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April 24, 1992 - Image 27

Resource type:
The Detroit Jewish News, 1992-04-24

Disclaimer: Computer generated plain text may have errors. Read more about this.

No! Don't take out that
box of "Quick Dinner Fix
Up" and "Inflatable
Mashed Potatoes." Skip
the dehydrated stuff,
forget about your favorite
restaurant, and give these
kosher delicacies a try.

3 green onions, sliced
2 T diced pimentos
2 T chopped parsley
2 T margarine
2/3 cup uncooked rice
1/2 cup crushed
1/2 cup water
1 cup pineapple juice
1/4 cup chopped
toasted almonds
salt to taste

were the minor problems of
yesterday's kosher chefs.
Today's culinary artists
must deal with the added
dilemma of how to match
dietary restrictions with
the desire for fancier,
lighter meals.
Many of the caterers say
they turn to the old depen-
dable: the cookbook.
Albert Rosenberg has
more than 700 cookbooks,
including a 100-year-old
gem called Queen of the
"Of course, you'll find
recipes (in the older books)
that call for 'one shell size'
of some ingredient," he
says. "You wonder, 'What,
a pecan shell? A gun
Magazines and trade
shows provide ideas. Some
culinary schools are will-
ing to share their favorite
dishes. Another source of
recipe wisdom is the diners
"Customers really do br-

with such delicacies as
pareve sour cream, bacon-
flavored beef strips and
even pseudo shrimp, made
from white fish.
Paul Kohn grimaces at
the very thought.
"No fake shrimp," he
says resolutely. "I don't
want to go ersatz. It will
never be as good as the real
thing, so why do it?"
"Anything can be done,"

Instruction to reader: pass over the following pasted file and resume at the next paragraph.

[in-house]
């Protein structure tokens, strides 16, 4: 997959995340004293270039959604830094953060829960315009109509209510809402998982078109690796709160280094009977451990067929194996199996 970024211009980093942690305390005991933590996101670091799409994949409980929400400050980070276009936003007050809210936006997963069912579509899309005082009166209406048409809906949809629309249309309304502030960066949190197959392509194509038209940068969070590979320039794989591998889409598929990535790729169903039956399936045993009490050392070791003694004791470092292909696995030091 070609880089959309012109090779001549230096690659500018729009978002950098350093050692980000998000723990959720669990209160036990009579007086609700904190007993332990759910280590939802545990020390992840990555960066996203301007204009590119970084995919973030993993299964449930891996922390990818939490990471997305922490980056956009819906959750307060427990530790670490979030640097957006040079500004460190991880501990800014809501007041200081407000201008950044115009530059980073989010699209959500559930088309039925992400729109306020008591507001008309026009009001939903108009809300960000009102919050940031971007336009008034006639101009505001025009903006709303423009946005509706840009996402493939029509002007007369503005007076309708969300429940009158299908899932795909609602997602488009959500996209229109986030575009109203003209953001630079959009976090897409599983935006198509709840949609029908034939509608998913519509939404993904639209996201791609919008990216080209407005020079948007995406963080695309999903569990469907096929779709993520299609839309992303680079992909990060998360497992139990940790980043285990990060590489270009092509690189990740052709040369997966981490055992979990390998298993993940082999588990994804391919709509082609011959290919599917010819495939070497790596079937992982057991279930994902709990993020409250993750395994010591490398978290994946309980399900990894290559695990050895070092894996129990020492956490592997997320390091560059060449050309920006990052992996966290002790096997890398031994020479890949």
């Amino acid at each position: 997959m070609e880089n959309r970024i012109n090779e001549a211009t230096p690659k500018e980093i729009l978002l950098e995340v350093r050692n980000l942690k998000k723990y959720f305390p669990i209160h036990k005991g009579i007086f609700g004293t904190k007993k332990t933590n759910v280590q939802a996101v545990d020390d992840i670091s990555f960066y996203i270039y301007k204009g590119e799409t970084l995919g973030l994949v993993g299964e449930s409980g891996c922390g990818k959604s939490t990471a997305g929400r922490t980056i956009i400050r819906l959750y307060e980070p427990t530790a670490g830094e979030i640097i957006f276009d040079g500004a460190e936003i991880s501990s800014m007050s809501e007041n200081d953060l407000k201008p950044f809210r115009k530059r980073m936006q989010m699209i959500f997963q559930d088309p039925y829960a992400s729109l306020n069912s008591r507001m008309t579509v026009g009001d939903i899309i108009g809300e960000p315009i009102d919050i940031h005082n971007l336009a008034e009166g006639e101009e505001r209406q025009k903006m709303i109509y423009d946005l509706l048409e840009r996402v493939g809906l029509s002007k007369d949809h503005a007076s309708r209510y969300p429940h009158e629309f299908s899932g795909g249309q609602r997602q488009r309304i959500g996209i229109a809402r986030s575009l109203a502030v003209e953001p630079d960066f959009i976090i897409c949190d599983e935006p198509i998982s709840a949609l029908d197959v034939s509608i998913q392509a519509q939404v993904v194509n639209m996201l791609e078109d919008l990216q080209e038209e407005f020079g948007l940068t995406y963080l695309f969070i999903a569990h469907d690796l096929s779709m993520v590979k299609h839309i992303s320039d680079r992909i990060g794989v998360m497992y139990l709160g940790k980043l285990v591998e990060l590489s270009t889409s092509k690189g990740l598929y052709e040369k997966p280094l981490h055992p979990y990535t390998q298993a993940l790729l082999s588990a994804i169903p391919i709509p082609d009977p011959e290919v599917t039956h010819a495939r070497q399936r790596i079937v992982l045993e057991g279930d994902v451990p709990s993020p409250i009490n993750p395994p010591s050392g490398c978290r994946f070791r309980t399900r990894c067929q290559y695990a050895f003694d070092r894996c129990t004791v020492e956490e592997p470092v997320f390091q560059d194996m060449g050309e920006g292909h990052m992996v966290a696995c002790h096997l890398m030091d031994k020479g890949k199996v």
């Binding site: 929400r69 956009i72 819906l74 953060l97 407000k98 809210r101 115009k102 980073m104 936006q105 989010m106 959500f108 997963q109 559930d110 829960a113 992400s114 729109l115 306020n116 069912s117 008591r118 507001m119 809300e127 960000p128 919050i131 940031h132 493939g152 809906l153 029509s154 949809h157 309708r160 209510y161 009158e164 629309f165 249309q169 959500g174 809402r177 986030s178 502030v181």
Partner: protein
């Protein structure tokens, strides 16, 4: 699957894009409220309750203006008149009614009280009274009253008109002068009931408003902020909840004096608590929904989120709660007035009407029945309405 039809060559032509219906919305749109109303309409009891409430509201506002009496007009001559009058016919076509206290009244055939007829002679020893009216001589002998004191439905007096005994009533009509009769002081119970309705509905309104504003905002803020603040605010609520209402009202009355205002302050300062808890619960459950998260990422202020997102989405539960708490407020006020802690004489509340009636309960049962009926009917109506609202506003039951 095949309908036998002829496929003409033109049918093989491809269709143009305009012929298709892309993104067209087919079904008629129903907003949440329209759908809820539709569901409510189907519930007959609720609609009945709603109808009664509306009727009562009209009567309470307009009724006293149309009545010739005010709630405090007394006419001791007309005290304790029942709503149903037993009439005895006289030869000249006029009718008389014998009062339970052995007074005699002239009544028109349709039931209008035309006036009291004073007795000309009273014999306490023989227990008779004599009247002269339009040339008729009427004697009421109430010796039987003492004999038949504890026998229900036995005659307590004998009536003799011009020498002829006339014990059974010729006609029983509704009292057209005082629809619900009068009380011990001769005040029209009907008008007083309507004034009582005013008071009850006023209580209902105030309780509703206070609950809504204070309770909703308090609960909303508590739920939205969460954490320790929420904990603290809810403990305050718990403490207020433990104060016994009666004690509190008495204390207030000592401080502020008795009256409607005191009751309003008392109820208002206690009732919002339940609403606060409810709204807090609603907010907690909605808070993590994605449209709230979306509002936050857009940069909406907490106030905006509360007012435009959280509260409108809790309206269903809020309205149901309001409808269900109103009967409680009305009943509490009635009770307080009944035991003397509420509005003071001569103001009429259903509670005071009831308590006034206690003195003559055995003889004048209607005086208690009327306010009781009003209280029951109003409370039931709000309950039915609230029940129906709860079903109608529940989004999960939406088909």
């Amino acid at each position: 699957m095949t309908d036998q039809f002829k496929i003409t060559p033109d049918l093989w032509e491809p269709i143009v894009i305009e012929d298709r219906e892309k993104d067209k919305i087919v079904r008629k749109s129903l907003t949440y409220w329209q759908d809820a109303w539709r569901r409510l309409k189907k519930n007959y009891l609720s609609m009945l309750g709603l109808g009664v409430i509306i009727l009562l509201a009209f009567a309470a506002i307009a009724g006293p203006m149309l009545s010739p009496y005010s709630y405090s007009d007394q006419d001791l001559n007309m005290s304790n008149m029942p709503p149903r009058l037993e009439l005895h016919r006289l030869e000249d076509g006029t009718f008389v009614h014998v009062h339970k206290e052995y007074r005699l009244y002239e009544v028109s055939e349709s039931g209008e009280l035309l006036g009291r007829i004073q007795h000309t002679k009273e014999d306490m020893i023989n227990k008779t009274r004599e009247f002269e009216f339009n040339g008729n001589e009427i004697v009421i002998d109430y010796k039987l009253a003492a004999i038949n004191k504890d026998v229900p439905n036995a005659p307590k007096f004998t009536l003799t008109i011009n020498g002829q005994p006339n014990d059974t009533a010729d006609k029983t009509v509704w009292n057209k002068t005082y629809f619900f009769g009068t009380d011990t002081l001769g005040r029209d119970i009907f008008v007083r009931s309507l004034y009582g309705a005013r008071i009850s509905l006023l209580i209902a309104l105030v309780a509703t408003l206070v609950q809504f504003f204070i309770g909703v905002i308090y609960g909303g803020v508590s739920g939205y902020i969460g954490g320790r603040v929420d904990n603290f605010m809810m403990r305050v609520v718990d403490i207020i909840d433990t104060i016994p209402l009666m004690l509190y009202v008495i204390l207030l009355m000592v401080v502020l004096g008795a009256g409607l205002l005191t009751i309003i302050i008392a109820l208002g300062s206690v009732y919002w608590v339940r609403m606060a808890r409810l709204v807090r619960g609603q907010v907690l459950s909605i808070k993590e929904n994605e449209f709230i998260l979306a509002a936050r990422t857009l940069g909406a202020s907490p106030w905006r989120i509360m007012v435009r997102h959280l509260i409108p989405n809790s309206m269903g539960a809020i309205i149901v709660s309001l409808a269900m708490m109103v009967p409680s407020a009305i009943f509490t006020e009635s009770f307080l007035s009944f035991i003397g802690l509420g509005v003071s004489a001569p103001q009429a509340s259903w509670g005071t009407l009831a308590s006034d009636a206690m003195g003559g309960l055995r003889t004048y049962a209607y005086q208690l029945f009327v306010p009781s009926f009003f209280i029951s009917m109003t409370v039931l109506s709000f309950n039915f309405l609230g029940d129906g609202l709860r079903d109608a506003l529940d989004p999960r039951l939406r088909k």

Mr. Tewel says. "But that
fake shrimp is pretty
atrocious to those used to
eating the real thing."
Pareve sour cream,
however, gets thumbs up
from the experts and is a
valuable tool in many of
their recipes.
"As good as the real
thing," Mr. Tewel says.
The key, the men agree,
is in being flexible. Ever
eager to please the
customer, the caterers say
they'll try just about any
recipe that can be adapted
to the laws of kashrut.

and offer it to friends," Mr.
Linker says. The next stop
may be serving the new
creation as an appetizer or
at a small gathering.
Though the vast majority
of Sperber's clientele are
chicken lovers, even the
most adventurous chicken
fan may raise an eyebrow
at the thought of bird cook-
ed in hazelnut liqueur, a
Sperber specialty. Mr.
Linker urges them to give
each new taste sensation a
try anyway, "and they
seem to come around."
What none of the caterers
need worry about is dragg-
ing out reactions from their
"Let me tell you about
our Jewish people," Mr.
Rosenberg says. "They are
not shrinking violets."
The Rosenbergs' office
wall at Adat Shalom Syn-
agogue is covered with
photographs of satisfied
customers, both the
average Joe — or Yoseph —

taste so good."

ing in recipes," Jeff
Rosenberg says.
"We do a lot of experi-
menting," Mr. Tewel says
of his innovations. His re-
cent creations have includ-
ed saffron rice and grape
leaves and lentil soup for a
Morroccan-style buffet.
At some point, all great